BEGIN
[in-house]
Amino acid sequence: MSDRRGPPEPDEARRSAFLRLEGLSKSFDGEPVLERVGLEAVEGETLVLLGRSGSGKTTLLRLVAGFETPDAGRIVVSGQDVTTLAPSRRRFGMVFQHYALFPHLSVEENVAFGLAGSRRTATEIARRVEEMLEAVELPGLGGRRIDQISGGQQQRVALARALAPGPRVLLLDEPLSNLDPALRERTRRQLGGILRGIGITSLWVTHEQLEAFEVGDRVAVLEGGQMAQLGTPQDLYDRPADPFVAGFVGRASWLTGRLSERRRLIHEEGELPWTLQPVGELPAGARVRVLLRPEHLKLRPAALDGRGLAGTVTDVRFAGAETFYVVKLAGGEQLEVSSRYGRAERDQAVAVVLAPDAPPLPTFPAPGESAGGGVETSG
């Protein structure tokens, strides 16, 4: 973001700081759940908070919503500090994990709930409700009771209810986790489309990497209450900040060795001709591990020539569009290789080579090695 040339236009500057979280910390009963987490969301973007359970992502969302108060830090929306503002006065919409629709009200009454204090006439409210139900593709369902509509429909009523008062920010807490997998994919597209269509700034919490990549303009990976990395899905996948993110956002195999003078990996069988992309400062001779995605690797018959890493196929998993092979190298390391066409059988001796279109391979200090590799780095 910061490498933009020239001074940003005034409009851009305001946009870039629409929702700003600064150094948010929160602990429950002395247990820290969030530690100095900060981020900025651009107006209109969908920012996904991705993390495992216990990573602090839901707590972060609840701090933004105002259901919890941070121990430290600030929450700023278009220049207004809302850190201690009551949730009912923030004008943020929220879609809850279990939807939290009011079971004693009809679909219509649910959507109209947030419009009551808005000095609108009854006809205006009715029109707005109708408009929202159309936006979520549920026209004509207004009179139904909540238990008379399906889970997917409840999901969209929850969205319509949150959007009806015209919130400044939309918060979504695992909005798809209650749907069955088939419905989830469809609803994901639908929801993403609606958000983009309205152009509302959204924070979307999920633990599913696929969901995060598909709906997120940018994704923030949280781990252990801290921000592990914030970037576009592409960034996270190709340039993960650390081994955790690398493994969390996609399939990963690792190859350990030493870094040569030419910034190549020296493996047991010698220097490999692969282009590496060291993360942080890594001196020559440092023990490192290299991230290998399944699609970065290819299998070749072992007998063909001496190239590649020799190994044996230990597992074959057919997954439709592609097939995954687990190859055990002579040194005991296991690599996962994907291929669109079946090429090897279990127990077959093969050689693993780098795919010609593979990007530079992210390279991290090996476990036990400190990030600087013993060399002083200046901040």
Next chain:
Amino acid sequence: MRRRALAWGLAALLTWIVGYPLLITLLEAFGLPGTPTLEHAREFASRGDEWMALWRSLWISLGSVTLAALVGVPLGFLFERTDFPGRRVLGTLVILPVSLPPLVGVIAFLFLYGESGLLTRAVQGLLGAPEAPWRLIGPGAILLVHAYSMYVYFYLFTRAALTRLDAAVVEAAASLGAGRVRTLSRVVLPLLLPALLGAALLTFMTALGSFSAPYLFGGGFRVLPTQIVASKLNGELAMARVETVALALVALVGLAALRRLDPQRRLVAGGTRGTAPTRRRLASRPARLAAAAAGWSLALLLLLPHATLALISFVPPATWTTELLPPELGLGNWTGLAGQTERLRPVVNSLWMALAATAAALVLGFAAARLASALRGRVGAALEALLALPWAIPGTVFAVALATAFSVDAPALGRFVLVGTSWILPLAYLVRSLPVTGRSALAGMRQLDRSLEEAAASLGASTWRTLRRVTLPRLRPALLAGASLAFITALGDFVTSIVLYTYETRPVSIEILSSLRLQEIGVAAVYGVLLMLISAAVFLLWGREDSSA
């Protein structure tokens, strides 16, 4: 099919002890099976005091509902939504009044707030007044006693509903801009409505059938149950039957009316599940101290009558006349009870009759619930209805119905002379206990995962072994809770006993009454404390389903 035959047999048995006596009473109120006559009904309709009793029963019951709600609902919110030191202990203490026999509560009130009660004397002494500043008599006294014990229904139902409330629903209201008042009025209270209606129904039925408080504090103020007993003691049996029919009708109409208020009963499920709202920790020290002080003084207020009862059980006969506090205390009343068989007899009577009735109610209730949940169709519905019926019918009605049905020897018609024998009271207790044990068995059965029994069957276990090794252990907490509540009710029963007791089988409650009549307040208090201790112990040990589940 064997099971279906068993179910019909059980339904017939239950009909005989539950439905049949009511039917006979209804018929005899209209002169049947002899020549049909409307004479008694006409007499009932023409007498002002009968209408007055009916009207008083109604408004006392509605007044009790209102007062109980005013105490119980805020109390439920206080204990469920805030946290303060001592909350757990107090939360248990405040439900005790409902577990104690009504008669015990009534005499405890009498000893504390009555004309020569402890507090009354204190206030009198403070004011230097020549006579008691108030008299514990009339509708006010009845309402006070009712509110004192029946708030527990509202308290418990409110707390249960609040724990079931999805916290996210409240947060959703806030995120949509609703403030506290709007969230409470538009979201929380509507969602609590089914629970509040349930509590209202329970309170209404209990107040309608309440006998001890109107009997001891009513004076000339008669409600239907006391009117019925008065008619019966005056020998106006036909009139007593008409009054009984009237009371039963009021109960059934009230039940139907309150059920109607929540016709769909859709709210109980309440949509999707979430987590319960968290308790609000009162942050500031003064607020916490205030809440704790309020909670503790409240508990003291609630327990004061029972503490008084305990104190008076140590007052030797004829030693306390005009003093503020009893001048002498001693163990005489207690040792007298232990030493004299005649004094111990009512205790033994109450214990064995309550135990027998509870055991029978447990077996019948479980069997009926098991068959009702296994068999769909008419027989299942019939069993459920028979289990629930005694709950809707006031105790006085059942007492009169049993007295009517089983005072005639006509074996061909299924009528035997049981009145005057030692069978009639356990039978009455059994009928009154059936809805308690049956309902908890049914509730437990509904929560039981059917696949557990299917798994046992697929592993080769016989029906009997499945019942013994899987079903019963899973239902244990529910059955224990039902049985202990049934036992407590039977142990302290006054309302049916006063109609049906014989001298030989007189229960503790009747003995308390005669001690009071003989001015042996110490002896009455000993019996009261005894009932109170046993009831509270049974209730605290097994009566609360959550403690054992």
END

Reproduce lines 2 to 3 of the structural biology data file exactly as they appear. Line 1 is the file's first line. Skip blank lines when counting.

Amino acid sequence: MSDRRGPPEPDEARRSAFLRLEGLSKSFDGEPVLERVGLEAVEGETLVLLGRSGSGKTTLLRLVAGFETPDAGRIVVSGQDVTTLAPSRRRFGMVFQHYALFPHLSVEENVAFGLAGSRRTATEIARRVEEMLEAVELPGLGGRRIDQISGGQQQRVALARALAPGPRVLLLDEPLSNLDPALRERTRRQLGGILRGIGITSLWVTHEQLEAFEVGDRVAVLEGGQMAQLGTPQDLYDRPADPFVAGFVGRASWLTGRLSERRRLIHEEGELPWTLQPVGELPAGARVRVLLRPEHLKLRPAALDGRGLAGTVTDVRFAGAETFYVVKLAGGEQLEVSSRYGRAERDQAVAVVLAPDAPPLPTFPAPGESAGGGVETSG
């Protein structure tokens, strides 16, 4: 973001700081759940908070919503500090994990709930409700009771209810986790489309990497209450900040060795001709591990020539569009290789080579090695 040339236009500057979280910390009963987490969301973007359970992502969302108060830090929306503002006065919409629709009200009454204090006439409210139900593709369902509509429909009523008062920010807490997998994919597209269509700034919490990549303009990976990395899905996948993110956002195999003078990996069988992309400062001779995605690797018959890493196929998993092979190298390391066409059988001796279109391979200090590799780095 910061490498933009020239001074940003005034409009851009305001946009870039629409929702700003600064150094948010929160602990429950002395247990820290969030530690100095900060981020900025651009107006209109969908920012996904991705993390495992216990990573602090839901707590972060609840701090933004105002259901919890941070121990430290600030929450700023278009220049207004809302850190201690009551949730009912923030004008943020929220879609809850279990939807939290009011079971004693009809679909219509649910959507109209947030419009009551808005000095609108009854006809205006009715029109707005109708408009929202159309936006979520549920026209004509207004009179139904909540238990008379399906889970997917409840999901969209929850969205319509949150959007009806015209919130400044939309918060979504695992909005798809209650749907069955088939419905989830469809609803994901639908929801993403609606958000983009309205152009509302959204924070979307999920633990599913696929969901995060598909709906997120940018994704923030949280781990252990801290921000592990914030970037576009592409960034996270190709340039993960650390081994955790690398493994969390996609399939990963690792190859350990030493870094040569030419910034190549020296493996047991010698220097490999692969282009590496060291993360942080890594001196020559440092023990490192290299991230290998399944699609970065290819299998070749072992007998063909001496190239590649020799190994044996230990597992074959057919997954439709592609097939995954687990190859055990002579040194005991296991690599996962994907291929669109079946090429090897279990127990077959093969050689693993780098795919010609593979990007530079992210390279991290090996476990036990400190990030600087013993060399002083200046901040």